company January 5, 2009

Using Your Own URL as Your OpenID

One of the cooler features of OpenID is delegation. This means, instead of having your OpenID identifier be yourname.myopenid.com it can be simply yourdomain.com Much easier to remember, right? And it’s really easy to do, too! Here’s how I did it. First, sign up for an OpenID with the provider of your choice (note that…
Avatar for Jeff Atwood
Co-Founder (Former)

One of the cooler features of OpenID is delegation. This means, instead of having your OpenID identifier be

yourname.myopenid.com

it can be simply

yourdomain.com

Much easier to remember, right? And it’s really easy to do, too! Here’s how I did it.

First, sign up for an OpenID with the provider of your choice (note that Google, Yahoo, and AOL are all OpenID providers now, so you may already have one — but beware that not all providers support delegation, either). I might be a little biased, but I prefer our very own provider at openid.stackexchange.com, so I recommend signing up with us at Stack Exchange.

openid.stackexchange.com

To enable your domain to act as a delegate to the OpenID provider, you’ll need to figure out what your OpenID identifier is. This is always an URL. To determine your Stack Exchange identifier, visit your profile page on openid.stackexchange.com and look for the Use your own URL to log in link. Then click it!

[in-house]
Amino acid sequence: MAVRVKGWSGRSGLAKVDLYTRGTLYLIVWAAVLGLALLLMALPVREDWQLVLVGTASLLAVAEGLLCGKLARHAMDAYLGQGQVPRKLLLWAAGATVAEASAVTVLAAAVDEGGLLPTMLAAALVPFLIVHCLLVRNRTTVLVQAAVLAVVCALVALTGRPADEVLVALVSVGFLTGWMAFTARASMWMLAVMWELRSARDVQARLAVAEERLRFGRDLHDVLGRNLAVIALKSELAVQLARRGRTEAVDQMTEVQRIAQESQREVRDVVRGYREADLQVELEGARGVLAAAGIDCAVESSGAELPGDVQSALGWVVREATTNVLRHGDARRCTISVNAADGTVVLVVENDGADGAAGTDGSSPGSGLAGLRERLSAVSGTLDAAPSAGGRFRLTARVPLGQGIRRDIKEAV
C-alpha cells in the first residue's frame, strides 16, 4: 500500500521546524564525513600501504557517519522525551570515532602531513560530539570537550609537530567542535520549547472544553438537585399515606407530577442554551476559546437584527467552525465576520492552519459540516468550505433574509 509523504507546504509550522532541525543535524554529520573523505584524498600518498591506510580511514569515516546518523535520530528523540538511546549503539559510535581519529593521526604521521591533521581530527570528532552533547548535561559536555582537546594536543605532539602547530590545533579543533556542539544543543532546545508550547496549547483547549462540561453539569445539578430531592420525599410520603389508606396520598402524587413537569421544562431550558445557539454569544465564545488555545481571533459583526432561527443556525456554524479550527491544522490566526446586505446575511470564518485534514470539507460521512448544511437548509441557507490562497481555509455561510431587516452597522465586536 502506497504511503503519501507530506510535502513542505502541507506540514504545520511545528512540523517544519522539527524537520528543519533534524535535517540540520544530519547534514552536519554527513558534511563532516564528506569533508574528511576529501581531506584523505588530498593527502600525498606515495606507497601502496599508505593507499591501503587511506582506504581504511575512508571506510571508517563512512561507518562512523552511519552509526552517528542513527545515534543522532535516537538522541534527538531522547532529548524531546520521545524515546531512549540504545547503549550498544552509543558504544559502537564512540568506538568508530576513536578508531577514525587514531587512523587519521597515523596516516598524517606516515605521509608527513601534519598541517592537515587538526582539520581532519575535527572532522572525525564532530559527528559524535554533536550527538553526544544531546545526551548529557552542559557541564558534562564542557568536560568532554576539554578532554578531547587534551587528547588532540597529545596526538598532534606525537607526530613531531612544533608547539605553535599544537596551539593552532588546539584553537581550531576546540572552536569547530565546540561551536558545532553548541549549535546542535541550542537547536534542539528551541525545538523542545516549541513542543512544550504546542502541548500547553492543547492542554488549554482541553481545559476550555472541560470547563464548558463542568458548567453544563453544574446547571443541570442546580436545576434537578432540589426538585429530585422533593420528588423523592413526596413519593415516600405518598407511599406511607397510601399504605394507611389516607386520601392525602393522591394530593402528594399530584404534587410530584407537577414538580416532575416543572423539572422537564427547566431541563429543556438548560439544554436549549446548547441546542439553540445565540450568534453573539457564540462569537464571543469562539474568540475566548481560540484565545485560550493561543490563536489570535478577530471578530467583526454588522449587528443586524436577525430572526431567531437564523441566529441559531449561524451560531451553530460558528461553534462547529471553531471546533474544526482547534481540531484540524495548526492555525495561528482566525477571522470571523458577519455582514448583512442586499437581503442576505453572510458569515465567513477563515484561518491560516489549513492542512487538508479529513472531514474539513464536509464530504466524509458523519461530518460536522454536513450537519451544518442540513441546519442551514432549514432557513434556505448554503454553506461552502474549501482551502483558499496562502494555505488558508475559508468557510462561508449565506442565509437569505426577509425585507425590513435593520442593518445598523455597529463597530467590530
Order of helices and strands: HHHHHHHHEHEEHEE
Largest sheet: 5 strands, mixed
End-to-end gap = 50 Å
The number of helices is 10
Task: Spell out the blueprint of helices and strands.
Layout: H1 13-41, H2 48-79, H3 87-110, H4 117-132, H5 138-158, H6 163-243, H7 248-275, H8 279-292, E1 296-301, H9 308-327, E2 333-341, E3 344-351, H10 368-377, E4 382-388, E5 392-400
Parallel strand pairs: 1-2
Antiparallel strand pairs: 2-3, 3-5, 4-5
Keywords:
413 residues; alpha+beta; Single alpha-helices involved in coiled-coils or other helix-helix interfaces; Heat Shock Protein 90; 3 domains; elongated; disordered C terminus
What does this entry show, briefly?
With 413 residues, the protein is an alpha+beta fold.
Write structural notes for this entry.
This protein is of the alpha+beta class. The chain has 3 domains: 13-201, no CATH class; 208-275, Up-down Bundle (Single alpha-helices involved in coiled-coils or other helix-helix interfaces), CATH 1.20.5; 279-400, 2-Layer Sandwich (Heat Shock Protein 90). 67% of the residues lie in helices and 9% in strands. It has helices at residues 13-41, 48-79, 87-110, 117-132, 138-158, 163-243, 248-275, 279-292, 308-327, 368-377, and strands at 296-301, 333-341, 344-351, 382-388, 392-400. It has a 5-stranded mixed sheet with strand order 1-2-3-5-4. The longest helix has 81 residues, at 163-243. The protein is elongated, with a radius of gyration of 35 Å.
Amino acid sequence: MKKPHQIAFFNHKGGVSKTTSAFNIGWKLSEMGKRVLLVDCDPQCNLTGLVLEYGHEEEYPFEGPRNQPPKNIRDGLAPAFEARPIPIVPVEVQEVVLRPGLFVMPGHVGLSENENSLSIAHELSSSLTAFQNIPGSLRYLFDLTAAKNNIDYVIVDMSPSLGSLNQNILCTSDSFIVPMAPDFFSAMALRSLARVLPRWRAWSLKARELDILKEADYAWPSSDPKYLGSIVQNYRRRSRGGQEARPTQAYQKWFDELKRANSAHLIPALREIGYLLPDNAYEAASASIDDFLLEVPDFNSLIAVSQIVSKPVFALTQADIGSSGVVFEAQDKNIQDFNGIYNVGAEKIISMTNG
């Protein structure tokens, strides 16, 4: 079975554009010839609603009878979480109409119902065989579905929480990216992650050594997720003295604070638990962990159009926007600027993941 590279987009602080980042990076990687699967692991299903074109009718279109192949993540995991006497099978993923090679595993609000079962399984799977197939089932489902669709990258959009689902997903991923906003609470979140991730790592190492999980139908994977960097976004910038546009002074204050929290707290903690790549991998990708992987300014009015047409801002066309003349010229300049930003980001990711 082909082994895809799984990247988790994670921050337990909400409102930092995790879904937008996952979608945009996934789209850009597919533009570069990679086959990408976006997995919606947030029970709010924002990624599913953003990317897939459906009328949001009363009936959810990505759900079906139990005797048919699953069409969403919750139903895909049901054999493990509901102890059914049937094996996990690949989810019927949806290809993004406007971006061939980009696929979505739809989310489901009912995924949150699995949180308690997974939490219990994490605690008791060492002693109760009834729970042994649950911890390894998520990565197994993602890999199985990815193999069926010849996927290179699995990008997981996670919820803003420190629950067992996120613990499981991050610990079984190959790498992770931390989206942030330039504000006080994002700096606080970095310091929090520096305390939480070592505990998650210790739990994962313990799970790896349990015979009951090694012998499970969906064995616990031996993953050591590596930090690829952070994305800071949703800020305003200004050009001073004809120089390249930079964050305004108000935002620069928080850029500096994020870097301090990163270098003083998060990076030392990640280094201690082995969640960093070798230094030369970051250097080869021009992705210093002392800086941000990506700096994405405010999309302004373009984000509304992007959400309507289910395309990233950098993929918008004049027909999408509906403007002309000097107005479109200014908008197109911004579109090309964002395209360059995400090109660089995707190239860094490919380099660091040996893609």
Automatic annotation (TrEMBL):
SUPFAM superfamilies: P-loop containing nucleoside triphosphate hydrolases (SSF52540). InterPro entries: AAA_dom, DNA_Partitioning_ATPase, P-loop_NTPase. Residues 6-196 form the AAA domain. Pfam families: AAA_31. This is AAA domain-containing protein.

This explains what you need to do. It’s simple; just add two HTML header tags to your web page, like so:

<html>
<head>
<font color="red"><link rel="openid2.provider" 
  href="https://openid.stackexchange.com/openid/provider"></font>
<font color="red"><link rel="openid2.local_id" 
  href="https://openid.stackexchange.com/user/a0cd3405-f76e-429e-b935"></font>
</head>
…

Once you’ve set this up, click my logins on your profile page, then click add new login… to add the new, delegated login to your account!

Podcast logo The Stack Overflow Podcast is a weekly conversation about working in software development, learning to code, and the art and culture of computer programming.

Related

Stack Overflow podcast logo
podcast November 6, 2020

Podcast 284: pros and cons of the SPA

In this episode we discuss the rise of the Single Page Application, or SPA. From humble beginnings around 2003, it has come to be a dominant approach for many large tech companies and an alluring option for smaller startups. But for simpler web projects, are there better alternatives? Pawel Skolski wrote this definition of the SPA in…
Avatar for Ben Popper
Director of Content